Transparency International supports Indonesia anti-corruption commission
The Indonesian government should ensure the anti-corruption commission is free from political interference
Issued by Transparency International Secretariat
Transparency International, the global anti-corruption organisation, and its chapter in Indonesia support the independent anti-corruption commission, known as the KPK, and call on the President of Indonesia Joko Widodo to publicly endorse the organisation’s independence and allow it to carry out its work free from political interference.
President Widodo delayed the appointment of his candidate for chief of police because of an on-going investigation by the KPK into corruption allegations. One week later the deputy head of the KPK, Bambang Wijayanto, was arrested by the police on charges relating to a case from 2010.
José Ugaz, chair of Transparency International, said: “It is obvious that the arrest of Mr. Wijayanto and the attacks on other members of the KPK is a reprisal for its defense of integrity in the appointment process of the chief of police. People are already on the streets supporting the KPK because they know it is a bastion against corruption in a country where corruption hurts ordinary people.
“The role of independent anti-corruption commissions is critical to fighting corruption and holding those in power to account. This has been proven in many countries in South East Asia where principled investigations by independent anti-corruption commissions have pursued senior political figures irrespective of their political party affiliations,” he added.
The KPK has been a shining example of this and has been able to demonstrate its impact by successfully catching high level officials and holding them accountable.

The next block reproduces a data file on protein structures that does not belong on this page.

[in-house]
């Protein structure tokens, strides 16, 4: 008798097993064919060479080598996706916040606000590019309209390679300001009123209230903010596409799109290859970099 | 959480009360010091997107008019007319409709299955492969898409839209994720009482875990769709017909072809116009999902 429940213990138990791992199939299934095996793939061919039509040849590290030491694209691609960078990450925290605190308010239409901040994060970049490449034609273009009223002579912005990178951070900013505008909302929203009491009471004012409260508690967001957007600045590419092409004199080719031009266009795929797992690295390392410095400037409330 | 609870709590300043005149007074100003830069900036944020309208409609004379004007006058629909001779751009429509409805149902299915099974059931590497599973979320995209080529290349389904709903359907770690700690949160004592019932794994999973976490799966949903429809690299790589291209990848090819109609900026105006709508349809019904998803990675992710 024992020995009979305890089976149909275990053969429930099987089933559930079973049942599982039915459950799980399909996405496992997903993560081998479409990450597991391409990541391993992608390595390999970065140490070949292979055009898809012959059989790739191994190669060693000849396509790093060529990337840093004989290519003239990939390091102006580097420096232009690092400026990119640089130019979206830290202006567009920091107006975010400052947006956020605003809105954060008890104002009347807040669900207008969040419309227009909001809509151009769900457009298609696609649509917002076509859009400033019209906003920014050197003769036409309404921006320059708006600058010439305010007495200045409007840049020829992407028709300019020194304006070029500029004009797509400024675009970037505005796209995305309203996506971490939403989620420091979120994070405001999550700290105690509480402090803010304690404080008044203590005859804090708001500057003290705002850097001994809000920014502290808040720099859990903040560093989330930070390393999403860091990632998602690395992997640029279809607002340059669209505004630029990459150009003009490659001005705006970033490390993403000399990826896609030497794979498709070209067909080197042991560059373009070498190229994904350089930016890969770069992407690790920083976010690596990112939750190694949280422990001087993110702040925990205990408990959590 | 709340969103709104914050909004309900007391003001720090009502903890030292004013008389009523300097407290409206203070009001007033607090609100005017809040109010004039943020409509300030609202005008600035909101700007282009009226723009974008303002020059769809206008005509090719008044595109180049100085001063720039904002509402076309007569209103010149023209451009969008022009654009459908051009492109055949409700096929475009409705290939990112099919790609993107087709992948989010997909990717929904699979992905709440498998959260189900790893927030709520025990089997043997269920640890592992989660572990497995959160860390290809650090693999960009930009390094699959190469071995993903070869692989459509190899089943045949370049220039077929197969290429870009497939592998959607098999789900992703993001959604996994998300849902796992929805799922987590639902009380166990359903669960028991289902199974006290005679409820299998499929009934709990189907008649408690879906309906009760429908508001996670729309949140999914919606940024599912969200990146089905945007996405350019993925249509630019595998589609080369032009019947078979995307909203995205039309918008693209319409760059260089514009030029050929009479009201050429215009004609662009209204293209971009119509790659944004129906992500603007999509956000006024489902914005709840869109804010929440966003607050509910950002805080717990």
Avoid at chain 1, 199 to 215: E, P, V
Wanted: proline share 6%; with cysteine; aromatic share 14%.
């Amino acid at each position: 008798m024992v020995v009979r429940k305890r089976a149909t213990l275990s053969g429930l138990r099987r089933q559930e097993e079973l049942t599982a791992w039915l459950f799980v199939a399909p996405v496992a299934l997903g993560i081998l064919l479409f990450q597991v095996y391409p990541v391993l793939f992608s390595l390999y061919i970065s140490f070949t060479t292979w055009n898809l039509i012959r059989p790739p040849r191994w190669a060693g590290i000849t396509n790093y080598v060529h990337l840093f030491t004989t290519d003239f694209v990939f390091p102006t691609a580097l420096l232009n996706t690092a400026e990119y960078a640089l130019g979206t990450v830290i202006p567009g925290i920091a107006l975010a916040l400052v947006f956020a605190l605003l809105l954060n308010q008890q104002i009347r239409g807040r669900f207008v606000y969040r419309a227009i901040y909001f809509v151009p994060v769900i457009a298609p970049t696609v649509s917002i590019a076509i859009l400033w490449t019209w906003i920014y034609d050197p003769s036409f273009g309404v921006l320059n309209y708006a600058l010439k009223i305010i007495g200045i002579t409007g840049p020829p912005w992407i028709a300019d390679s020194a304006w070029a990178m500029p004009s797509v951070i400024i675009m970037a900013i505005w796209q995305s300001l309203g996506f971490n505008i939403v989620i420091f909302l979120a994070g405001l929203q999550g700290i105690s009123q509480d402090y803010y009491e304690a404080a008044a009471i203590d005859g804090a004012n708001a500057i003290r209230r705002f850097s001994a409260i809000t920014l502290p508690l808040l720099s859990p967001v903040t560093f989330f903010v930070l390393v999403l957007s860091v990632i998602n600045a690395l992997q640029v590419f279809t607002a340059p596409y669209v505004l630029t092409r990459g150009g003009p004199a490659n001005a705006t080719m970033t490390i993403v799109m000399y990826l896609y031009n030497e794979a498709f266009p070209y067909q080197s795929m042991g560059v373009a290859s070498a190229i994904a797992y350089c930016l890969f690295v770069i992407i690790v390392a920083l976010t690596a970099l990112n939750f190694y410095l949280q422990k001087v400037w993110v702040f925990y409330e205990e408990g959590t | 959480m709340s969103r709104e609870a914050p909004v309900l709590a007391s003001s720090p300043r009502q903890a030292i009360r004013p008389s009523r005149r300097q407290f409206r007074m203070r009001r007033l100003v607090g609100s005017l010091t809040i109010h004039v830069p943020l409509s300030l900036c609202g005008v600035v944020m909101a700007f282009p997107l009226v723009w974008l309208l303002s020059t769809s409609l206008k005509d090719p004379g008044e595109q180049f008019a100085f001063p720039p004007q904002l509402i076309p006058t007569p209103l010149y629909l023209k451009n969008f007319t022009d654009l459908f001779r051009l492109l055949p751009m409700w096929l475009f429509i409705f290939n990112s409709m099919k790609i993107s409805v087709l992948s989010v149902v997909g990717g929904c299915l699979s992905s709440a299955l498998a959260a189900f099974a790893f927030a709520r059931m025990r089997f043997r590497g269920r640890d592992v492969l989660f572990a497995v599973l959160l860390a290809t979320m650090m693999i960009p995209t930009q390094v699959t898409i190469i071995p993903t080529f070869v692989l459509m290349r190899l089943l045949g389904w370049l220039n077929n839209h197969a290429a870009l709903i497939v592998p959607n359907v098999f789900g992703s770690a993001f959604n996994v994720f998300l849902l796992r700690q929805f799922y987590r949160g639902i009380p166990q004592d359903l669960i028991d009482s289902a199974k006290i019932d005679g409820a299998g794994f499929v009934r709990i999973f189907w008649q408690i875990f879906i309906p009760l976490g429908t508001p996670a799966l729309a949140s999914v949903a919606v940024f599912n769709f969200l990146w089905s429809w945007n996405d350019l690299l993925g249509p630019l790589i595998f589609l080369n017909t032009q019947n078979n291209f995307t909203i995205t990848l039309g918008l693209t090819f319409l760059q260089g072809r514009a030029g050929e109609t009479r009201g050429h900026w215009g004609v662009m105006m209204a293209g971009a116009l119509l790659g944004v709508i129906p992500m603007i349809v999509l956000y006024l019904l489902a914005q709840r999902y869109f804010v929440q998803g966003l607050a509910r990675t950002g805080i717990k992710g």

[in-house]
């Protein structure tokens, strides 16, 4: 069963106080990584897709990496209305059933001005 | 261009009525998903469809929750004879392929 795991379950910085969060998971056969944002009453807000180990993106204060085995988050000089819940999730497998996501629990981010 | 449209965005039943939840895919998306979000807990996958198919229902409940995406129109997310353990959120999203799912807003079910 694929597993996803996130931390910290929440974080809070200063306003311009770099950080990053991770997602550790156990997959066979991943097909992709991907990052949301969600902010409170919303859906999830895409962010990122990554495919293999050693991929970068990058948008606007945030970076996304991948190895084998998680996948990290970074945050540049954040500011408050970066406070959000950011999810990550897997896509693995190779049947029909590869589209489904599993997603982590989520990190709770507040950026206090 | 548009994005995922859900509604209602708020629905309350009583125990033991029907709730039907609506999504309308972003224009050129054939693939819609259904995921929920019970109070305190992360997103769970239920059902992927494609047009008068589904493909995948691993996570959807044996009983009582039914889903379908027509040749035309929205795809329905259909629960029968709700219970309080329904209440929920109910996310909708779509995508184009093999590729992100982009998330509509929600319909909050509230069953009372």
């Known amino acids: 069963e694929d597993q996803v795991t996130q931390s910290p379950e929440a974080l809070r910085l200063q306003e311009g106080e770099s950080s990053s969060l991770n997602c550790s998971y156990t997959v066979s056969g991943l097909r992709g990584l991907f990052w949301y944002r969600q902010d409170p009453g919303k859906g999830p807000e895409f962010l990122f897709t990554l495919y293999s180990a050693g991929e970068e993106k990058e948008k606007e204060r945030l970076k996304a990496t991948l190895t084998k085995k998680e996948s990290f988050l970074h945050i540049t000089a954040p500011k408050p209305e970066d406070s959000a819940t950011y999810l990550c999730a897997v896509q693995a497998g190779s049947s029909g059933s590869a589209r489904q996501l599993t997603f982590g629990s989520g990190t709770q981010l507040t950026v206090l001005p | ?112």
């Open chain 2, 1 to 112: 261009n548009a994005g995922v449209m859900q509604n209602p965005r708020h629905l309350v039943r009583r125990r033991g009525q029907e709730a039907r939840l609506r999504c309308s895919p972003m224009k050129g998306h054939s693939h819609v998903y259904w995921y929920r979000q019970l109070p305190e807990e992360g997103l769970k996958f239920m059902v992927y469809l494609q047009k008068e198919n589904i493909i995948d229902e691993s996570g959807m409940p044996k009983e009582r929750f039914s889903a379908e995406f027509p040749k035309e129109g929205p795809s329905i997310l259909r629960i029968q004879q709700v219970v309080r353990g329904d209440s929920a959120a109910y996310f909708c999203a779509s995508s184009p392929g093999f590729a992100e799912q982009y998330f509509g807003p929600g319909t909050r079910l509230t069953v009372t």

Natalia Soebagjo, chair of Transparency International Indonesia said: “We need the president to take action now to uphold the independence of the anti-corruption commission and allow it to carry out its important work under the Jakarta Principles.”
In 2012 the KPK convened an important meeting of anti-corruption agencies and international law enforcement bodies from around the world to develop the Jakarta Principles, a declaration which highlighted the importance of integrity and independence of anti-corruption commissions in the fight against corruption.
Indonesia is also a signatory of the United Nations Convention against Corruption which states in Article 6.2 that “Each State Party shall grant the body or bodies referred to in paragraph 1 of this article the necessary independence, in accordance with the fundamental principles of its legal system, to enable the body or bodies to carry out its or their functions effectively and free from any undue influence.”
Transparency International Indonesia, with a coalition of civil society organisations, is calling on the President to uphold these international commitments under the convention and publicly support the KPK and denounce the arrest of Wijayanto.
President Widodo ran on a platform of anti-corruption and strong leadership and a steadfast will is urgently needed in this case to safeguard anti-corruption efforts in the country and ensure that no institution or entity can act with impunity nor attempt to influence or impede the work of the KPK.
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Ilham B Saenong
Transparency International Indonesia